AAJ: What was Five-Week program like for you at Berklee?

GD: It was my the summer of my junior year in high school and I really felt like I wanted to do music. I thought it was great to be at school and hang out, listen to records, and play. I went to Berklee and I met a lot of people who had a similar vibe as me. I enjoyed it thoroughly and it was an incredible summer. That summer was more about realizing how important it was to be motivated. The jazz stuff—even the theoretical part of it—was really fun, and I was able to get into it.

AAJ: Who were you checking out by that point?

GD: By that point, I was constantly buying records here and there. I had discovered all the major cats by that point. I knew Oscar Peterson; I fell in love with him and bought all his records. Keith Jarrett, Herbie Hancock, Chick Corea, McCoy Tyner, Thelonious Monk, Horace Silver, Red Garland, Wynton Kelly, Phineas Newborn, Jr.. You name it and I loved it.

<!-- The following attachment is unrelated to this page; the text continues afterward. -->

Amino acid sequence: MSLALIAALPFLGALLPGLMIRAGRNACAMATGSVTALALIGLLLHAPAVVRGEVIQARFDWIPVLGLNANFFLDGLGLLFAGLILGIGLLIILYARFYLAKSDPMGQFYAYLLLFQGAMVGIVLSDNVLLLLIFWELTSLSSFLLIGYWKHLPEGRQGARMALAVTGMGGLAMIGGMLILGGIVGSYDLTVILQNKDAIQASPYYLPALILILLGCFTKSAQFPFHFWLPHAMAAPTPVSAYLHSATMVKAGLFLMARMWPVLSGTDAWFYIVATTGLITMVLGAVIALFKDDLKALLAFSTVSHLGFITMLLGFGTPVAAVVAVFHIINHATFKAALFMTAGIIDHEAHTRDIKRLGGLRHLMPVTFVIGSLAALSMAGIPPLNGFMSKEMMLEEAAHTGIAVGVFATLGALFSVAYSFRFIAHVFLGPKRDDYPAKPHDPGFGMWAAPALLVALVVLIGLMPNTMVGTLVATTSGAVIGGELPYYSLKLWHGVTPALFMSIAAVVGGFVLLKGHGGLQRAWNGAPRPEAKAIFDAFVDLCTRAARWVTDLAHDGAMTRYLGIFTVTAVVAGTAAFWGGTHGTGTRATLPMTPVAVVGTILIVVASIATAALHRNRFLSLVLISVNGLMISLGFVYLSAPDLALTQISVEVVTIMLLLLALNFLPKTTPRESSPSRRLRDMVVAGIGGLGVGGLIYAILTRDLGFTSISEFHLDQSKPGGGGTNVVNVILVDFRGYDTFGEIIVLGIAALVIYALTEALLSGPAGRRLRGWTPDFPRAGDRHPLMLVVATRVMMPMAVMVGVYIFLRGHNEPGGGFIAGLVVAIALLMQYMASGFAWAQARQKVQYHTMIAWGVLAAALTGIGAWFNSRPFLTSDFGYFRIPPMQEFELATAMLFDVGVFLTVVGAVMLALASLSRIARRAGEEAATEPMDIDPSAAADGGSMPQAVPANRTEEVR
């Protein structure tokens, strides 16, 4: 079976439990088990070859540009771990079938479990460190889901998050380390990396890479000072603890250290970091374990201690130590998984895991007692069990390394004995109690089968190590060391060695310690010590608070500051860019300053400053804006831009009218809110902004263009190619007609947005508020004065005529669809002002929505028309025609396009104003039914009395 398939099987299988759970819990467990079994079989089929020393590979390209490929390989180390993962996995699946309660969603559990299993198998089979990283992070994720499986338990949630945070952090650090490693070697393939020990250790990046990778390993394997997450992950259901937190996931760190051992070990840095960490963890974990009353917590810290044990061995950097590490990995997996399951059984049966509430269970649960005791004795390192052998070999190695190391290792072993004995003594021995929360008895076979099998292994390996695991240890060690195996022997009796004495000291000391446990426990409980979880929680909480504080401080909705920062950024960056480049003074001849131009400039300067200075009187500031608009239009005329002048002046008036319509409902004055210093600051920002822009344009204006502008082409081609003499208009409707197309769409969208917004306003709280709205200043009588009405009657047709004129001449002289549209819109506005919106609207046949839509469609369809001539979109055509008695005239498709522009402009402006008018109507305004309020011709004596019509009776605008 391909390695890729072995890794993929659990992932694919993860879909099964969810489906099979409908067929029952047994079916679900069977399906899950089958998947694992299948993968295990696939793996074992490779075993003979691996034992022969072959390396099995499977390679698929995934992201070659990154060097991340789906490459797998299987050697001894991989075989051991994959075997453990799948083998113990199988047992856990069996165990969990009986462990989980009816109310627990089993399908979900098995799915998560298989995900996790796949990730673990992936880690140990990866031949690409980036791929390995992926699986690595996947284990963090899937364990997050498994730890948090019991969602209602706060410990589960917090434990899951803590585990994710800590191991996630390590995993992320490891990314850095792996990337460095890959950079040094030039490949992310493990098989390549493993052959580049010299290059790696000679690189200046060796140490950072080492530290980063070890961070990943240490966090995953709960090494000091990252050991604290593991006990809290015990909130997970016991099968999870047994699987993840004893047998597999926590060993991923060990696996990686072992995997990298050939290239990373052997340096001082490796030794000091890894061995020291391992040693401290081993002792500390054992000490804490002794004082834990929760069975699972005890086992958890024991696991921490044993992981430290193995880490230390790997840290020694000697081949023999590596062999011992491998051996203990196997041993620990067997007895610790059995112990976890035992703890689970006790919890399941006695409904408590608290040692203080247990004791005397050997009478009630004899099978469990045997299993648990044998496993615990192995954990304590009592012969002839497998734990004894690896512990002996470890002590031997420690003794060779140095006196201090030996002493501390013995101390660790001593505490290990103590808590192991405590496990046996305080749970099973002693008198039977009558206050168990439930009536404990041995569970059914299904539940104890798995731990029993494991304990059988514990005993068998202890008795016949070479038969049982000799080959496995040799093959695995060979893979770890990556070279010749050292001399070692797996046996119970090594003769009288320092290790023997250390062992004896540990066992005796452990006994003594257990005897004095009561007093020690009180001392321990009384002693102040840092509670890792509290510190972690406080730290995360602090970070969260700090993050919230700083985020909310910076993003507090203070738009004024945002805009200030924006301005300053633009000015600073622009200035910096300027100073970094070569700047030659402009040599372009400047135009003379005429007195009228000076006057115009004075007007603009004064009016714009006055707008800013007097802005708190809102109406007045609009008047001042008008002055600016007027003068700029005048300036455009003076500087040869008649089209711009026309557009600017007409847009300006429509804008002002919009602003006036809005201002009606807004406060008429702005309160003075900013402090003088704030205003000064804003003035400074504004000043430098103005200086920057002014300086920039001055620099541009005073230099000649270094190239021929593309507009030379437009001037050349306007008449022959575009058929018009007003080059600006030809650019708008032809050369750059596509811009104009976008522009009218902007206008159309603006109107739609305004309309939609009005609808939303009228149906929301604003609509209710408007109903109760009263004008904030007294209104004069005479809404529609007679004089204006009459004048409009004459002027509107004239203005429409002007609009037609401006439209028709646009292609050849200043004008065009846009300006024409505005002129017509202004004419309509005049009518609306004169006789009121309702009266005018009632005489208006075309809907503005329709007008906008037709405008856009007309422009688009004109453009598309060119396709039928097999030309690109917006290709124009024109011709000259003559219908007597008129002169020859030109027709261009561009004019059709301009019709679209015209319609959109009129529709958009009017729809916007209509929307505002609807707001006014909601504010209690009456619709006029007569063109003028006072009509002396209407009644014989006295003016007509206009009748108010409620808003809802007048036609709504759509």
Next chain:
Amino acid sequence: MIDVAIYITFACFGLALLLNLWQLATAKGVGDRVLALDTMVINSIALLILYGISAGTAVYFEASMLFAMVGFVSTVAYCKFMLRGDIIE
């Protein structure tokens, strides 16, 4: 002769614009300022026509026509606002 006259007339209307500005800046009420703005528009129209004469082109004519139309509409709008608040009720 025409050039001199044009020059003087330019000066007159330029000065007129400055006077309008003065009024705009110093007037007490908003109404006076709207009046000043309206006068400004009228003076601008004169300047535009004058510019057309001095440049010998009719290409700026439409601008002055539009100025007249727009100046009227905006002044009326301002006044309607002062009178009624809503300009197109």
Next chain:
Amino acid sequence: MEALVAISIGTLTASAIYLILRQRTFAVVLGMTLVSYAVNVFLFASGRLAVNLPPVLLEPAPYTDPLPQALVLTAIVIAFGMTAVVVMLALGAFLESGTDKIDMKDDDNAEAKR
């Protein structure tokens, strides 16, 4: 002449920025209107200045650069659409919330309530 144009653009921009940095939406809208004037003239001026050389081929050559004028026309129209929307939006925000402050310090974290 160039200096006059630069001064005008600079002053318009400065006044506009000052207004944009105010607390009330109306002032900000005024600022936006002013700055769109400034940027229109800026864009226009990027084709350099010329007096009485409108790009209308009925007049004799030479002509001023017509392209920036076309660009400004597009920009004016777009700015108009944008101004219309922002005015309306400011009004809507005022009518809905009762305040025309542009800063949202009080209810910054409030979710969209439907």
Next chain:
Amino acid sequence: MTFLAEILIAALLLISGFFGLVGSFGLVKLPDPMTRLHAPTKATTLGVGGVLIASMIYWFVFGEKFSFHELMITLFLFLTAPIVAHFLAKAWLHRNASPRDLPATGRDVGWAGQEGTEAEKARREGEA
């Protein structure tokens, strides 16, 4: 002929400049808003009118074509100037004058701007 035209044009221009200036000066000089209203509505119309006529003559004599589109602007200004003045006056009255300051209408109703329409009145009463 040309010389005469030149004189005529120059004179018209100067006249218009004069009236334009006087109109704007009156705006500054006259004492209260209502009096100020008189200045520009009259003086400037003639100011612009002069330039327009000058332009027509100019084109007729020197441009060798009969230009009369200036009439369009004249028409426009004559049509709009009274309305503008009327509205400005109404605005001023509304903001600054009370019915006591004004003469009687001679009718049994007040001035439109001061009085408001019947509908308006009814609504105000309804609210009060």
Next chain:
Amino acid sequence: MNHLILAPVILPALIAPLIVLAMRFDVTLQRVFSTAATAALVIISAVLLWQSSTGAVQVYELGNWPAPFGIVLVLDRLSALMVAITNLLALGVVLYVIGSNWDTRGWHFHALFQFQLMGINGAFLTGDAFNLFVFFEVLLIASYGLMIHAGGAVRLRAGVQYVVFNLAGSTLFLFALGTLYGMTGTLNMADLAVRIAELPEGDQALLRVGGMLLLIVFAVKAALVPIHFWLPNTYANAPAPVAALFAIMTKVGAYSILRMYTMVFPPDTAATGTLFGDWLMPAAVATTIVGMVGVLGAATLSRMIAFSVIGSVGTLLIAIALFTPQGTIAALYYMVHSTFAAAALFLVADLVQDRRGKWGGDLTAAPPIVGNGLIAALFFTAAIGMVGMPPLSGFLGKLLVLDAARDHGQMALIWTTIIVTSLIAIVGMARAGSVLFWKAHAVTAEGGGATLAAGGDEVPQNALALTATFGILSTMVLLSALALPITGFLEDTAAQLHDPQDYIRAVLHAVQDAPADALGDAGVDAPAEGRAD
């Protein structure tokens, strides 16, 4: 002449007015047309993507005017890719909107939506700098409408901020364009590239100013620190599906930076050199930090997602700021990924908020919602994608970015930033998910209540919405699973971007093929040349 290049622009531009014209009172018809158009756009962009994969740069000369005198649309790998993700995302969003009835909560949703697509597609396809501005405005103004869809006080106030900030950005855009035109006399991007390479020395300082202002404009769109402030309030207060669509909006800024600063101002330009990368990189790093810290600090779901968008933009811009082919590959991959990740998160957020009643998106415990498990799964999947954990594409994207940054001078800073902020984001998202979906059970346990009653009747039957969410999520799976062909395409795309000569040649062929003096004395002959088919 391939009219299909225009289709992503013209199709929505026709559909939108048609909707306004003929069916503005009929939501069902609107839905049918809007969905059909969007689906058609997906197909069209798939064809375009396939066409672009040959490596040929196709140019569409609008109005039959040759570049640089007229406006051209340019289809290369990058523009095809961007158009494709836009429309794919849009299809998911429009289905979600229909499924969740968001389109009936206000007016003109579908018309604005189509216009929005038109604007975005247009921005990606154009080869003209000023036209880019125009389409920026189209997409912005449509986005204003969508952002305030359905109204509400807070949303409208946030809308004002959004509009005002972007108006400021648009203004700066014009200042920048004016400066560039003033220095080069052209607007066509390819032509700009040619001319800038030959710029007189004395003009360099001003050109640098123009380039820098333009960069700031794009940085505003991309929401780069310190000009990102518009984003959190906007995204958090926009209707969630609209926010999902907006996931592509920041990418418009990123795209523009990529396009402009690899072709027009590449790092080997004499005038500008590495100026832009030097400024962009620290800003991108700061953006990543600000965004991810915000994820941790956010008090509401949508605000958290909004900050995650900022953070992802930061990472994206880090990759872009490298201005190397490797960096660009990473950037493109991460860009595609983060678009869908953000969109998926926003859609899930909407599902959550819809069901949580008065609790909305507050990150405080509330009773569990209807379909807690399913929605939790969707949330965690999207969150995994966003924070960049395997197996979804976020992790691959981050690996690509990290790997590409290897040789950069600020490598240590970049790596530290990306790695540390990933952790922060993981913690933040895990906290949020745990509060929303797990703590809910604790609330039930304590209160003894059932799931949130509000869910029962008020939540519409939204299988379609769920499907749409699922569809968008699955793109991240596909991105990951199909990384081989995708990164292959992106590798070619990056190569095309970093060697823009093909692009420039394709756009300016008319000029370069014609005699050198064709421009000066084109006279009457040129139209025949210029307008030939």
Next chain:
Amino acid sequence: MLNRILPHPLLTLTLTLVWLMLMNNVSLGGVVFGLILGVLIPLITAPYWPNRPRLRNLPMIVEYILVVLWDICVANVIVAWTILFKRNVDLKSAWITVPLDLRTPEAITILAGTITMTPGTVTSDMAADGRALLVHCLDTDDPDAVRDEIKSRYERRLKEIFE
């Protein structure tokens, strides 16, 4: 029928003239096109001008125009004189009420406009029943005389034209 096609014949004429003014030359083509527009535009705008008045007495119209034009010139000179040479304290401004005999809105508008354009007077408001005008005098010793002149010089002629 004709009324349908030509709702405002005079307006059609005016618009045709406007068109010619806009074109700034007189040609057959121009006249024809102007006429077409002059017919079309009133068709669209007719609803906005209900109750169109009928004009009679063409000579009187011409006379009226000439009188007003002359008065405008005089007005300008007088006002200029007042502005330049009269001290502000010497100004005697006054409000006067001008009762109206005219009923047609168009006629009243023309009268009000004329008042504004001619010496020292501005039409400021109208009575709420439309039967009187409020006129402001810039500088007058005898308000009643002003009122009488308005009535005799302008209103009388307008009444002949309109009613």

When I heard Bill Evans I knew that there had to be more people like him. Before I went to Berklee, I just bought any record that said the label "jazz piano." I figured if [Evans] is around, then there had to be more. It wasn't really until I had started meeting more friends and people, discovering WBGO, and meeting other players who were jazz oriented who would say, "You gotta hear Oscar Peterson."

So I was listening to all those people. When it came to watching shows, I was watching a lot of people. I saw a lot of Bill Evans because he was the most accessible and inexpensive. The reality was—as I remember—Oscar Peterson wasn't playing a lot of the small clubs in New York at that time. I don't ever remember ever seeing Oscar Peterson at the Vanguard. Seeing was Evans was easy because it was affordable. A lot of the other guys weren't playing those clubs until later on in the '80s. During those years, in the '70s, when I was in high school and post-high school, I would go to the clubs and listen to Sonny Stitt, Red Garland in Boston, McCoy, Ramsey Lewis and other people.